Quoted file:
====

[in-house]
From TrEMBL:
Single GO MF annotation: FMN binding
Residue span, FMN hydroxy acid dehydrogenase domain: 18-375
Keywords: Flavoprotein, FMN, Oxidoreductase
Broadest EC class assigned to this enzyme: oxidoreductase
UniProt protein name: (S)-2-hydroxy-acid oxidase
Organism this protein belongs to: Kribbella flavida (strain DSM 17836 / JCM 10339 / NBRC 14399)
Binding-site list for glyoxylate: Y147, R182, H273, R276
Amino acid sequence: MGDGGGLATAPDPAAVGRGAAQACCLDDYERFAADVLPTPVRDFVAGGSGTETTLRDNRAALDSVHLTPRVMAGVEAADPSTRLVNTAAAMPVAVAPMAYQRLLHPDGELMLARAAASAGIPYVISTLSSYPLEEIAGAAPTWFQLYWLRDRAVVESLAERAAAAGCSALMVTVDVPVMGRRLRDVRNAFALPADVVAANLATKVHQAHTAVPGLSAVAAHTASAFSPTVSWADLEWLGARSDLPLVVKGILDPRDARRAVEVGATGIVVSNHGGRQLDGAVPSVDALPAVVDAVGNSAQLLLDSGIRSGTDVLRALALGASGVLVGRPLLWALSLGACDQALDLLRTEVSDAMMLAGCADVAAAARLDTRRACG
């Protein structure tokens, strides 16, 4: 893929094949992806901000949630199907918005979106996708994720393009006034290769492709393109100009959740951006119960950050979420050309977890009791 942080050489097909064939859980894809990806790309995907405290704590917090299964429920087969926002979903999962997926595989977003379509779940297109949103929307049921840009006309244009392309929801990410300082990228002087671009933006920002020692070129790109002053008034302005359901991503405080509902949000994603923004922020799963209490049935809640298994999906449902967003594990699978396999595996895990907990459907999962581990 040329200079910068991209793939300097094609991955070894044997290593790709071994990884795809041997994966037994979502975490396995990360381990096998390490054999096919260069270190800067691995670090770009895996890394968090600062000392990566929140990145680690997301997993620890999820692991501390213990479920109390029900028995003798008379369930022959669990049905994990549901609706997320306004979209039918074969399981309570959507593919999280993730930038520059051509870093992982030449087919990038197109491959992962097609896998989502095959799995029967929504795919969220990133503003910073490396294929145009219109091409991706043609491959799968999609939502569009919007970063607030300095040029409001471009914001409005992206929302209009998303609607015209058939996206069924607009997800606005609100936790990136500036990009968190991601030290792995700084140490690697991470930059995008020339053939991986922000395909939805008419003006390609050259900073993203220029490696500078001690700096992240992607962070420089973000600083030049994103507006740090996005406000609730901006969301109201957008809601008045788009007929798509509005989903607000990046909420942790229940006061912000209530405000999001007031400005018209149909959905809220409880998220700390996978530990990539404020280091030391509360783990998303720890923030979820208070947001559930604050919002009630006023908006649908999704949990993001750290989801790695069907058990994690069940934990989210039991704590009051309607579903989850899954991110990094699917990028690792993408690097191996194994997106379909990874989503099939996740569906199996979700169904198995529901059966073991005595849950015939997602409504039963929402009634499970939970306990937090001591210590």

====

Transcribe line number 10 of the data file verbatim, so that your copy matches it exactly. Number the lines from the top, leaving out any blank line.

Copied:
Amino acid sequence: MGDGGGLATAPDPAAVGRGAAQACCLDDYERFAADVLPTPVRDFVAGGSGTETTLRDNRAALDSVHLTPRVMAGVEAADPSTRLVNTAAAMPVAVAPMAYQRLLHPDGELMLARAAASAGIPYVISTLSSYPLEEIAGAAPTWFQLYWLRDRAVVESLAERAAAAGCSALMVTVDVPVMGRRLRDVRNAFALPADVVAANLATKVHQAHTAVPGLSAVAAHTASAFSPTVSWADLEWLGARSDLPLVVKGILDPRDARRAVEVGATGIVVSNHGGRQLDGAVPSVDALPAVVDAVGNSAQLLLDSGIRSGTDVLRALALGASGVLVGRPLLWALSLGACDQALDLLRTEVSDAMMLAGCADVAAAARLDTRRACG